3 Reasons You Shouldn’t Co-Sign That Loan

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Co-signing any loan can be disastrous to your credit, finances, and future. But if you're going to do it anyway, at least protect yourself.

A few years ago, a friend told me he didn’t have the credit to get a car loan. Would I co-sign for him? I almost did it, but my father stopped me with some wise advice: “Don’t gamble with your credit score for someone else’s benefit.”

So I didn’t co-sign, but my friend found someone else to do it. Nine months later, he stopped making payments, the lender repossessed the car, the co-signer’s credit was ruined, and I had narrowly escaped financial disaster.

That’s my story, but co-signing a car, or any loan, is rarely a good idea for anyone. Money Talks News founder Stacy Johnson explains why in the video below. Check it out, then read on for more reasons on why you shouldn’t co-sign – and some tips when you do it anyway…

Here’s a recap of why you should be wary of co-signing. And keep in mind that we’re talking car loans in this post, but the advice applies to any loan…

1. You’re responsible for the loan

By co-signing, you agree to take over the loan if the primary borrower doesn’t pay. In 2011, 0.51 percent of all auto loans were delinquent – meaning they were at least 60 days late, according to Bankrate. If you had co-signed one of those loans, the lenders would be looking to you for money.

And that could spell financial disaster. Experian’s State of the Automotive Finance Market report shows that in the fourth quarter of 2011, Americans borrowed an average of $26,419 for new cars and $17,404 for used cars. I know I don’t have $26,000 lying around to cover someone else’s loan – or extra money to make their payments.

2. You’re risking your credit rating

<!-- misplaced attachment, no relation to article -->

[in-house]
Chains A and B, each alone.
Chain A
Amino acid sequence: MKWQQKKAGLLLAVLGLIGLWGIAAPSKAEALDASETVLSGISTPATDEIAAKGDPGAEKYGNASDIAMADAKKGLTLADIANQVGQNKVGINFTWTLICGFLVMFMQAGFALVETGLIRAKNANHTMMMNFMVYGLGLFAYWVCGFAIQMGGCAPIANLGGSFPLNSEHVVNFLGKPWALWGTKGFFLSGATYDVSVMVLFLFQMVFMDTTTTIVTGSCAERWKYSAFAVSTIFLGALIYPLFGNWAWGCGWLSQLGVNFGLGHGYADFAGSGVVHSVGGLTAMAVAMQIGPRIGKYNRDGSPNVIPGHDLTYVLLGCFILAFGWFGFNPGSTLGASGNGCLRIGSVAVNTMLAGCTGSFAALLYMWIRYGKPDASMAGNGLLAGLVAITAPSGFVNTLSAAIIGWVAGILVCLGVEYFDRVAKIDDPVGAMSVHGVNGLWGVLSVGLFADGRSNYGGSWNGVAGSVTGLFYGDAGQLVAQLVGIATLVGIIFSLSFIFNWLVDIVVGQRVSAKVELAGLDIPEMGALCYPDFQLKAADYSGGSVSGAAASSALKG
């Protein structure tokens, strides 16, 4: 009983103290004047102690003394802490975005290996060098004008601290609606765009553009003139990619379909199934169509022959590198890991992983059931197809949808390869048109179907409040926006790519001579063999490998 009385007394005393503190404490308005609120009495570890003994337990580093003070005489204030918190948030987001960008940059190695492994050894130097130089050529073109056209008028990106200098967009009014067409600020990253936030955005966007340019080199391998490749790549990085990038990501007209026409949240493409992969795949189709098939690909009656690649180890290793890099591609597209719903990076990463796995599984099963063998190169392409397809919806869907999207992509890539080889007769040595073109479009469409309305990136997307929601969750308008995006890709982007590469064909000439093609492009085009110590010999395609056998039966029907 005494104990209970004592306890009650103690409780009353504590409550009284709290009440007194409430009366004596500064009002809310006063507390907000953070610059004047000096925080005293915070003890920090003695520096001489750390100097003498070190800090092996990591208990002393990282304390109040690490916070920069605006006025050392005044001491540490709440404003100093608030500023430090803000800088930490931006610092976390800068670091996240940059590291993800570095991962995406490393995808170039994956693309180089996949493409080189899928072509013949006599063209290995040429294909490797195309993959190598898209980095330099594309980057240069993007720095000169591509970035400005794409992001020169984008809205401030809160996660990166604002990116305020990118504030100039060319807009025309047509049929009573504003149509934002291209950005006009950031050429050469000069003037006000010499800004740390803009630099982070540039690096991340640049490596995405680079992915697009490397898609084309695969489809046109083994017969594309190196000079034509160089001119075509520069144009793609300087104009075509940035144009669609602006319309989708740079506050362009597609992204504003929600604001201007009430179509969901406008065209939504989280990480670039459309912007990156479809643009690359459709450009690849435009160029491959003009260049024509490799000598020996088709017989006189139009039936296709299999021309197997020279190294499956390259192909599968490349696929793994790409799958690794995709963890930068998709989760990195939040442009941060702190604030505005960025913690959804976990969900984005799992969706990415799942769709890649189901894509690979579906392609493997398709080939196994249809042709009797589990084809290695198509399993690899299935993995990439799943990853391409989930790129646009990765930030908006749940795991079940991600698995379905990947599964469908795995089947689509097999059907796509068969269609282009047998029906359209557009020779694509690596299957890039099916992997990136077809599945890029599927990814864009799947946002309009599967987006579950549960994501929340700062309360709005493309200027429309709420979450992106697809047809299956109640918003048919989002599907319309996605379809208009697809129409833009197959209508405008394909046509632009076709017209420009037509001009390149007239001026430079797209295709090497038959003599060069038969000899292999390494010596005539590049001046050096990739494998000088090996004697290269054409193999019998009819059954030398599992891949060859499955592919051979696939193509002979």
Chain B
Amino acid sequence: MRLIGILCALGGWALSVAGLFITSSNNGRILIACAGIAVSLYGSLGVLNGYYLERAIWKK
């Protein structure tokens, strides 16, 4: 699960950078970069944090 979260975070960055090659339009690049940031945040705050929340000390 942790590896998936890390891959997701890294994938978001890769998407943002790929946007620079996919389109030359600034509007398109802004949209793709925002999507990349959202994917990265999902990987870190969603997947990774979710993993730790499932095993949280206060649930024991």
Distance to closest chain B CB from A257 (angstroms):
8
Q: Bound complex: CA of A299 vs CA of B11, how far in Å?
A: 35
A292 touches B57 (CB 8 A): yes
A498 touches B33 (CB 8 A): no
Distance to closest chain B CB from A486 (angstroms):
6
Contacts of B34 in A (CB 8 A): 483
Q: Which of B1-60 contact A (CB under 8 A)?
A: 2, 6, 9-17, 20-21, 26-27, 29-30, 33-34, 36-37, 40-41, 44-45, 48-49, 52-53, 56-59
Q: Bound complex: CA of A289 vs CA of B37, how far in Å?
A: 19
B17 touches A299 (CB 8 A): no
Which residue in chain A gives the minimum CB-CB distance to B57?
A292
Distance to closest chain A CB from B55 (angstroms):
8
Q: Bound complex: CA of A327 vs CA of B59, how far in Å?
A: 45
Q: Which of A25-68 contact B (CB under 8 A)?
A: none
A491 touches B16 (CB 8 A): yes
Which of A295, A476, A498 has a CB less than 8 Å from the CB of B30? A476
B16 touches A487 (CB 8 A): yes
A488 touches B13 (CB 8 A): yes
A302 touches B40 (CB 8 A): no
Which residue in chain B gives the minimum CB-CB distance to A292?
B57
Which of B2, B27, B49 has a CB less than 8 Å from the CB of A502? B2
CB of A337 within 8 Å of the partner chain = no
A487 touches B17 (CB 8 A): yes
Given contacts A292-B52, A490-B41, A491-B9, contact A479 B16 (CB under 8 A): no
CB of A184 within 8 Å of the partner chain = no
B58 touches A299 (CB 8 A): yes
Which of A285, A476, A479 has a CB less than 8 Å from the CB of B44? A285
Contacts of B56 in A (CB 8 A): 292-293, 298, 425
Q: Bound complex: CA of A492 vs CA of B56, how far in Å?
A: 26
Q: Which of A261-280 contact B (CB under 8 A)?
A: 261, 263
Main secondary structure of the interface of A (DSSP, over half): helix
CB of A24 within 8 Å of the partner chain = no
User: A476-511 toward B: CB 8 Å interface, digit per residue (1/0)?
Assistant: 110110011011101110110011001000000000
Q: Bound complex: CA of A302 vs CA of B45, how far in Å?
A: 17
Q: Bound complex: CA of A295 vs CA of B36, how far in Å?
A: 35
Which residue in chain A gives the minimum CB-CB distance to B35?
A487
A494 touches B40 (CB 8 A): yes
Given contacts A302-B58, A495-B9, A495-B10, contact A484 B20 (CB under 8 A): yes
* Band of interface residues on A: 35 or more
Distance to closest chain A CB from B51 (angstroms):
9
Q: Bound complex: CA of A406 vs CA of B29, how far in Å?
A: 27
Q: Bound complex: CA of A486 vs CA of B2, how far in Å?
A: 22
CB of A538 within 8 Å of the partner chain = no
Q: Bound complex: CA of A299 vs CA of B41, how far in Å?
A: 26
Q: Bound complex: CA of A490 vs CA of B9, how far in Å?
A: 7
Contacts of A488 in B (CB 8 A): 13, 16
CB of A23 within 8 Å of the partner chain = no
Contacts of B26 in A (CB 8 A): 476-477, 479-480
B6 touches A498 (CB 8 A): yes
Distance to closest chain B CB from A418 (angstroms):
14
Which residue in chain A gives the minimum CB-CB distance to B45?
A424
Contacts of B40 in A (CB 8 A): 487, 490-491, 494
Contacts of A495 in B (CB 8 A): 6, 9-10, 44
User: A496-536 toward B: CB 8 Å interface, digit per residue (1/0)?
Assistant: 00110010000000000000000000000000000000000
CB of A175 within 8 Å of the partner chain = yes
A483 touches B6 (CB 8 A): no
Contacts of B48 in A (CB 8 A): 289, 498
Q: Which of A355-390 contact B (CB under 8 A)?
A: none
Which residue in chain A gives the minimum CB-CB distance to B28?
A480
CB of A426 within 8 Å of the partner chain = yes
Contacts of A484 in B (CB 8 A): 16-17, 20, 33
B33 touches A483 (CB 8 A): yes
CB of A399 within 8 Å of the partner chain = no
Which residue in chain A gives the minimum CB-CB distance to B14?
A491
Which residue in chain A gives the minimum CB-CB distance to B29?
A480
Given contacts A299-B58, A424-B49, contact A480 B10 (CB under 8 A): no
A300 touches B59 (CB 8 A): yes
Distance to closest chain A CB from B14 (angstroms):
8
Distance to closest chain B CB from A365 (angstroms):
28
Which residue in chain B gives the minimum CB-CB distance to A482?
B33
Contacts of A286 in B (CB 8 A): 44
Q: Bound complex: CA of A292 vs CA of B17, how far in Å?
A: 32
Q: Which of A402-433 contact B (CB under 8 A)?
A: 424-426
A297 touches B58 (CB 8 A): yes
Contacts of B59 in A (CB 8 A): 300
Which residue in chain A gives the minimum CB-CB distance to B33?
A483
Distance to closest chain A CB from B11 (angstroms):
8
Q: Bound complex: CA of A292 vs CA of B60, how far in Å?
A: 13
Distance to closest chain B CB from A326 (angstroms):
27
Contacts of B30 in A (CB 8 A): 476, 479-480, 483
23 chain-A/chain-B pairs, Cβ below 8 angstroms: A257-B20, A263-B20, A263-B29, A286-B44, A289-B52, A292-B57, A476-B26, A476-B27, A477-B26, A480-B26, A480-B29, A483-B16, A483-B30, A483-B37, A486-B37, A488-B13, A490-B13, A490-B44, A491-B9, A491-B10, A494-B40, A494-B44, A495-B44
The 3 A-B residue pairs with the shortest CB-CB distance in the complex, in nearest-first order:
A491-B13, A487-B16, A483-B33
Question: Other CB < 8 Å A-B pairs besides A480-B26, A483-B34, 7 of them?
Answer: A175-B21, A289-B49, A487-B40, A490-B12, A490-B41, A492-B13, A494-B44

Your credit rating will tank if your friend or family member’s car is repossessed or they make late payments. Repossession appears on your credit report for seven years, starting from the first missed payment, Experian explains. If the lender sends the account to collections – and they will – the collection will also show on your credit report for seven years.

3. You’re risking your borrowing power

Here’s how my scenario would have played out if I had agreed to co-sign:

At the time, I had a car and a good credit rating. I co-sign my friend’s car loan. Nine months later, he defaults on the payments and the car is repossessed. A year later, I need a new car, so I apply for a loan. The lender sees a repossession and a collection on my credit report. At this point, I imagine the lender doubling over in laughter as he turns me down.

You’ll have a hard time qualifying for any loan with a black mark that serious on your credit history. And if you do qualify, you won’t get the best (or even good) rates. For example, in the fourth quarter of 2011, the average interest rate on an auto loan was 4.54 percent for a prime borrower, according to Experian. Nonprime borrowers qualified for 6.34 percent on average, and subprime borrowers got 9.55 percent on average.

Not convinced? OK, if you’re going to co-sign anyway, at least heed this advice…

1. Put your name on the title

Stacy said it best…

“If you’re co-signing a car loan, make sure your name is on the title as co-owner. You owe, you own.”

That will be important if you can take possession of the car should the primary borrower stops making payments. Then you can drive the car – or, providing they agree to sign over the title, sell it to help pay off the remaining balance.

2. Ask for a key

You’re an owner of the car, so you should also have a key to it. Having a key will make it easier should you ever need to take possession of the car.

3. Monitor the payments

If you’re willing to co-sign a loan, then you need to be willing to babysit that loan. That means making sure the payments get paid on time every month: ask for proof. It’ll be a hassle, but you’ll protect your credit rating – and your money.

4. Keep up with insurance

Don’t forget the insurance. If your friend totals the car and it’s uninsured, he probably won’t be able to cover the cost of repairs or replacement himself – and he may not feel like paying a loan for a car he can no longer use. Guess who that leaves on the hook? You might want to suggest your friend read 6 Steps to Pay Less for Car Insurance.

And if neither of you can really afford to be on the hook for an expensive car, check out 8 Tips for Buying a $5,000 Car.

Stacy Johnson

It's not the usual blah, blah, blah

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